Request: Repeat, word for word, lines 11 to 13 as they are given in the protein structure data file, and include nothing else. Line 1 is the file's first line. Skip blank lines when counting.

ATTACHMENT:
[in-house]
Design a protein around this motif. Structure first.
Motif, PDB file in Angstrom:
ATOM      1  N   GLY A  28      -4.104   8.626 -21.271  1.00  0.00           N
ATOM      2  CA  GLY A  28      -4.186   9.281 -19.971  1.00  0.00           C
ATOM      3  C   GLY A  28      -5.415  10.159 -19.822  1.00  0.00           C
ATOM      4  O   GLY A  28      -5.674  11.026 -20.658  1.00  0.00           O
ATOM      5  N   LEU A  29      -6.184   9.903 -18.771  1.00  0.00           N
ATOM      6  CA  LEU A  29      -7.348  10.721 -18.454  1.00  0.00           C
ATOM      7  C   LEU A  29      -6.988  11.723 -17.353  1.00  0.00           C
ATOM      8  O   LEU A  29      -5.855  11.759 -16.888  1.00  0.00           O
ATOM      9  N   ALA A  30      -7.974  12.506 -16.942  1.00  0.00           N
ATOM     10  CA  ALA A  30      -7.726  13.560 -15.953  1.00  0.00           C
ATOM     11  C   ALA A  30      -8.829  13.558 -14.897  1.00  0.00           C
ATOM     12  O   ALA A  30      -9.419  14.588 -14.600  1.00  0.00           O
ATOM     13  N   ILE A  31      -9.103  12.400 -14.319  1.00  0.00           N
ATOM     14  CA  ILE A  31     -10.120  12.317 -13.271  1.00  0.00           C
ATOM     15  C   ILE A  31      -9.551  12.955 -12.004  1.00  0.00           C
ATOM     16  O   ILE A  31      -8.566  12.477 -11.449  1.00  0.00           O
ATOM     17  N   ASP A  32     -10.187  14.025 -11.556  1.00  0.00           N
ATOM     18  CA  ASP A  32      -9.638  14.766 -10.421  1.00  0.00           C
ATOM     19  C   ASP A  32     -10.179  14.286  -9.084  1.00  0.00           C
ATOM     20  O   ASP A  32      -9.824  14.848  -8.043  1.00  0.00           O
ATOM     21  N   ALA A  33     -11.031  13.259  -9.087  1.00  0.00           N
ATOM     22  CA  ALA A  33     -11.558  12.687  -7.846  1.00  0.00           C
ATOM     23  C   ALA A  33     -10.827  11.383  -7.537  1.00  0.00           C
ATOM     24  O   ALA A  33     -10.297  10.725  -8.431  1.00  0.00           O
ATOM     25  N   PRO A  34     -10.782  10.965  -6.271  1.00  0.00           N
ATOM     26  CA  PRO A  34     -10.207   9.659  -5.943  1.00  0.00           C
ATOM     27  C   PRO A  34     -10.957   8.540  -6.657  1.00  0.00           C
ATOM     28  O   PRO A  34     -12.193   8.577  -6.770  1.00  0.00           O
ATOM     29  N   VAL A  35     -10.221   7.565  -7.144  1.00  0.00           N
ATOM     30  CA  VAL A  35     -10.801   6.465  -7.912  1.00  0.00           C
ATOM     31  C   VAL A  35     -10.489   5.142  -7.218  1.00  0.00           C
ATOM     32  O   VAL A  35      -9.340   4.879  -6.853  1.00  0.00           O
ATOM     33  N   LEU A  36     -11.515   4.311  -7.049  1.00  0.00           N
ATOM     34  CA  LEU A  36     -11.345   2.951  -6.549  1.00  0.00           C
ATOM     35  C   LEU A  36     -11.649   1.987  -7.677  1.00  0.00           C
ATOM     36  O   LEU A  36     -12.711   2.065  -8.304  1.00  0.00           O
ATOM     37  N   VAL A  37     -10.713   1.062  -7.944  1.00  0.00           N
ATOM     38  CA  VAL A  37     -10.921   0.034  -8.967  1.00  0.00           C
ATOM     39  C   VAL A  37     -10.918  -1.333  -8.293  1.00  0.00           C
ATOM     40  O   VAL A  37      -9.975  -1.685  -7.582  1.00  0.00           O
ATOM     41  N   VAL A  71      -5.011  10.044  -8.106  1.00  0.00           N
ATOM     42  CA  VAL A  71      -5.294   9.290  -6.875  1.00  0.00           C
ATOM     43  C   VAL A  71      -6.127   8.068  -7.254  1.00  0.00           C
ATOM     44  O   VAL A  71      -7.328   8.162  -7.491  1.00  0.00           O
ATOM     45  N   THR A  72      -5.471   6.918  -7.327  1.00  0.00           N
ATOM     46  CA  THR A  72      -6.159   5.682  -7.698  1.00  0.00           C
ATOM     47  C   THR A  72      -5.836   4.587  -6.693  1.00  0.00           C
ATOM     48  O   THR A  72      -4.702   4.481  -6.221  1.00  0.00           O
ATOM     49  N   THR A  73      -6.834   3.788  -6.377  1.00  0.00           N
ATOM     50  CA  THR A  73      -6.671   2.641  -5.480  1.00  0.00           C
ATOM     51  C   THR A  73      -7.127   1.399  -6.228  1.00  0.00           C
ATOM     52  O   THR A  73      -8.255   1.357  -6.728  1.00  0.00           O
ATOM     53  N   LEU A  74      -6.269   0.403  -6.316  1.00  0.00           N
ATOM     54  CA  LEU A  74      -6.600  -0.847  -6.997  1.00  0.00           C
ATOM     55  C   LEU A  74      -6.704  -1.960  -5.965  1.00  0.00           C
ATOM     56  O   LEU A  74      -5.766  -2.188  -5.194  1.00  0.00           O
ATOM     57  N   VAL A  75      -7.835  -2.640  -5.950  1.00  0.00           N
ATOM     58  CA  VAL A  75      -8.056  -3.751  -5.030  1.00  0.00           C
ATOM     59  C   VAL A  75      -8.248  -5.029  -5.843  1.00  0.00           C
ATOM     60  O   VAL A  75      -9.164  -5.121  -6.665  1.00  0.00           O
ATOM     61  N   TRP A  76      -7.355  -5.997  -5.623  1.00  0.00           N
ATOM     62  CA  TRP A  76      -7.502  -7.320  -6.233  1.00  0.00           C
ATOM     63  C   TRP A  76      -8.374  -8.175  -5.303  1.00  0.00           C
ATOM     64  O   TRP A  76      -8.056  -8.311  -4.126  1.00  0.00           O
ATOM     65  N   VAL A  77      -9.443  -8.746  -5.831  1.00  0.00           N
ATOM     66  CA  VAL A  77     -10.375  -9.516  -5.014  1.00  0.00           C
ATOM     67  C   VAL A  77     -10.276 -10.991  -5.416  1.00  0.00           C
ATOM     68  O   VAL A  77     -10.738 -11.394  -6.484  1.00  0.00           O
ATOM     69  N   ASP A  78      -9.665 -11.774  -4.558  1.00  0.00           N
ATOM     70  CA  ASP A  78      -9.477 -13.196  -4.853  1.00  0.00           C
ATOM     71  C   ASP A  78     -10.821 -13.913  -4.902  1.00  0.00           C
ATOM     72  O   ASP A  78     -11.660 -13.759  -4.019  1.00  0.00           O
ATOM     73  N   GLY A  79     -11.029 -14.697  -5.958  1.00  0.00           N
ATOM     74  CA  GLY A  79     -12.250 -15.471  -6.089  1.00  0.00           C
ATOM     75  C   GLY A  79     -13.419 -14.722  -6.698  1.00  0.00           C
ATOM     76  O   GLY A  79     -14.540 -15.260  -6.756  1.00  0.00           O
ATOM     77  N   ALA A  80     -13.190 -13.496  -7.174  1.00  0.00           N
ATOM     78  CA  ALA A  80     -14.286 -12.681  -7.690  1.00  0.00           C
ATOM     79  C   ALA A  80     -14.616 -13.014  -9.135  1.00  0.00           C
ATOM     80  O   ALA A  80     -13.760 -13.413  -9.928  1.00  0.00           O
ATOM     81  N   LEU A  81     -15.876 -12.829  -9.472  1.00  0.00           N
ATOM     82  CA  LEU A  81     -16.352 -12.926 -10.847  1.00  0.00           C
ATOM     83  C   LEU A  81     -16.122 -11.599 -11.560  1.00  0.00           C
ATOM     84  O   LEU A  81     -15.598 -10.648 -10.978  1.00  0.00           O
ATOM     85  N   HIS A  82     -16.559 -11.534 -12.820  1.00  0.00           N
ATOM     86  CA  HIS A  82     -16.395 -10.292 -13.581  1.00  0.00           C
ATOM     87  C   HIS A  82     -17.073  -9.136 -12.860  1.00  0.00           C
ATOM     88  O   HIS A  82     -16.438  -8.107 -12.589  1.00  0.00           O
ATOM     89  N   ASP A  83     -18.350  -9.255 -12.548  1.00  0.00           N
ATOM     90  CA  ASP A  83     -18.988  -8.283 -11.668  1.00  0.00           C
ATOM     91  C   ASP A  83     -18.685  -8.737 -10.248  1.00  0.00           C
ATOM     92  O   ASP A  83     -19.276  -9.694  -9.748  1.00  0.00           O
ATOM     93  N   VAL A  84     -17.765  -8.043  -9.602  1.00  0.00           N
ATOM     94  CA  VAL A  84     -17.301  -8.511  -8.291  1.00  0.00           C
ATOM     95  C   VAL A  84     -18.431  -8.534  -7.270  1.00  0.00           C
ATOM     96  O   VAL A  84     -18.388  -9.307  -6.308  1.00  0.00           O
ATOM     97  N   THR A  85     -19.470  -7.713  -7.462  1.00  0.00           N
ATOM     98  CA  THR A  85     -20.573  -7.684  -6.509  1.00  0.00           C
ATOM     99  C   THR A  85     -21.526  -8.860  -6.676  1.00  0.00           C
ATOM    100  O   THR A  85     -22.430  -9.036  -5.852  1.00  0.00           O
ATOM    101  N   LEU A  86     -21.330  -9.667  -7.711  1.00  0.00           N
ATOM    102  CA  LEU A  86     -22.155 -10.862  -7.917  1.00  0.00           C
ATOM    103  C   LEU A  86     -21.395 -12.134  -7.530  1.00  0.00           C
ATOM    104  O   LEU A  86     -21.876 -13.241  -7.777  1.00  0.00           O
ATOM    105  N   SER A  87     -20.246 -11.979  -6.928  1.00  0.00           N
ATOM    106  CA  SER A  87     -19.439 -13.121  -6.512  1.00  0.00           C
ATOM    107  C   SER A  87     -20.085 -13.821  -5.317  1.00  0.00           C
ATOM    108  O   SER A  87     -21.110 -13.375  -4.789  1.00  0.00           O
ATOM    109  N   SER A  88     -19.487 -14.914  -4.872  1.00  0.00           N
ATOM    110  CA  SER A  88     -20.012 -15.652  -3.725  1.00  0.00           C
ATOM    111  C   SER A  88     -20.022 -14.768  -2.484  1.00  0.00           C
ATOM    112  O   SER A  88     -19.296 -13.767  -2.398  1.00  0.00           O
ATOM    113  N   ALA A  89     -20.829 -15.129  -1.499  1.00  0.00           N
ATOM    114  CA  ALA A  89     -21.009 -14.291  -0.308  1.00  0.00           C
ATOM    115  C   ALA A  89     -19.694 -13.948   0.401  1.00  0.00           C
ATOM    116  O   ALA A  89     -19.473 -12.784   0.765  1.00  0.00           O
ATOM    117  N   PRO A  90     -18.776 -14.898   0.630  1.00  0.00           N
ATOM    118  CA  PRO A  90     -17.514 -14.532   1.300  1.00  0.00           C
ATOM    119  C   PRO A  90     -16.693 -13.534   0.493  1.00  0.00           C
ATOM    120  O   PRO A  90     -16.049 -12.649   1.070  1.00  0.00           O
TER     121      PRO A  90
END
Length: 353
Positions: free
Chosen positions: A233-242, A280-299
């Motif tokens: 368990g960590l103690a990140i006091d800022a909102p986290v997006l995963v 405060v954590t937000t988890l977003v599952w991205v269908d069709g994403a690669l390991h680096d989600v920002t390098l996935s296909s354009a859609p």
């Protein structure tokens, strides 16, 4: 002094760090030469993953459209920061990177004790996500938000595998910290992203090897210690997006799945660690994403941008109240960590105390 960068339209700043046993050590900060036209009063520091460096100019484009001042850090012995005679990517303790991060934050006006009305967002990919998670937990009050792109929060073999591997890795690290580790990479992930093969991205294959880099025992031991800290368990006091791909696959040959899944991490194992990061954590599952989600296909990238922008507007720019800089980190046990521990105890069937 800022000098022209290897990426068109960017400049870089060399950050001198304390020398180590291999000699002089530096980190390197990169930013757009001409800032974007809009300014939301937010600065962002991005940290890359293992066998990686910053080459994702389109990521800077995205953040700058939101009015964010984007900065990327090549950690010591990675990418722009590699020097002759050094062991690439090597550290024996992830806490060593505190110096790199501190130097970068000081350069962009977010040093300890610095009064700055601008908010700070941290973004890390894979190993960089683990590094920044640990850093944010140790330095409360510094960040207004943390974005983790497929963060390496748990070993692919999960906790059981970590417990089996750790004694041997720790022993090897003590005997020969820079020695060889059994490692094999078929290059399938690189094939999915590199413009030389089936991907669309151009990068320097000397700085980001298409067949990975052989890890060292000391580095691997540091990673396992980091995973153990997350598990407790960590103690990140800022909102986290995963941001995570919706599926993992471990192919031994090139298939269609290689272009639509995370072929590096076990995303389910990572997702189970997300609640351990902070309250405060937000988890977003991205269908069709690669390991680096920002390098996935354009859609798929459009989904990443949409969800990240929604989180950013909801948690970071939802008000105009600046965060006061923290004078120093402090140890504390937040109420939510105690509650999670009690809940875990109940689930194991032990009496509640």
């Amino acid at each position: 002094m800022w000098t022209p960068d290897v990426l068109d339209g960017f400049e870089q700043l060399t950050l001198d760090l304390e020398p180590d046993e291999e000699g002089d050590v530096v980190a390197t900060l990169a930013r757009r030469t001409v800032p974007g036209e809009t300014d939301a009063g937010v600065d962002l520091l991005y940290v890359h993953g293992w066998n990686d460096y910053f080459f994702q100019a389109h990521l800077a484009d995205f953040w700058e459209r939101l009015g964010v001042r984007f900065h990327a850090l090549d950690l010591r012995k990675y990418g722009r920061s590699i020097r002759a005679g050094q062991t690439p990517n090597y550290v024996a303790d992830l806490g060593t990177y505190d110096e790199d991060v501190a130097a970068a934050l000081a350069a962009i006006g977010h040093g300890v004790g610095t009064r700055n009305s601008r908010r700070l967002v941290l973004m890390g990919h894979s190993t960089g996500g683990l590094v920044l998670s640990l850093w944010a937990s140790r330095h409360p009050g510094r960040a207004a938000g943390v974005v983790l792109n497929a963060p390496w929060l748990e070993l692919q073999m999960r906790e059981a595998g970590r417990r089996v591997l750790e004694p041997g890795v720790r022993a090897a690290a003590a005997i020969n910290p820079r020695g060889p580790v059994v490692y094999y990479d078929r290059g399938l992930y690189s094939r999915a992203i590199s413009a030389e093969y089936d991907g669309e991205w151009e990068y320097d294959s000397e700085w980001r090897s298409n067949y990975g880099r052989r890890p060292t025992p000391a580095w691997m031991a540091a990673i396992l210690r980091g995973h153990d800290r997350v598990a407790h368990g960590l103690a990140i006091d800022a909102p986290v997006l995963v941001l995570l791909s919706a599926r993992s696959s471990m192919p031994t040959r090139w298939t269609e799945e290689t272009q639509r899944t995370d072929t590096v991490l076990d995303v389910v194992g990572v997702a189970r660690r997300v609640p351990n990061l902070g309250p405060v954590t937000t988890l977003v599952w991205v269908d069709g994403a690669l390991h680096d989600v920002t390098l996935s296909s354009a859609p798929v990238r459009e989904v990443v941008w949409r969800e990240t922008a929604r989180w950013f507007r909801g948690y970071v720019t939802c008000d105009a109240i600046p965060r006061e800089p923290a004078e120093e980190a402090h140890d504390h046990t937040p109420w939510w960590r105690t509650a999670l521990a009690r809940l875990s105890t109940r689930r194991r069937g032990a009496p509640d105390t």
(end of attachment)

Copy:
ATOM      8  O   LEU A  29      -5.855  11.759 -16.888  1.00  0.00           O
ATOM      9  N   ALA A  30      -7.974  12.506 -16.942  1.00  0.00           N
ATOM     10  CA  ALA A  30      -7.726  13.560 -15.953  1.00  0.00           C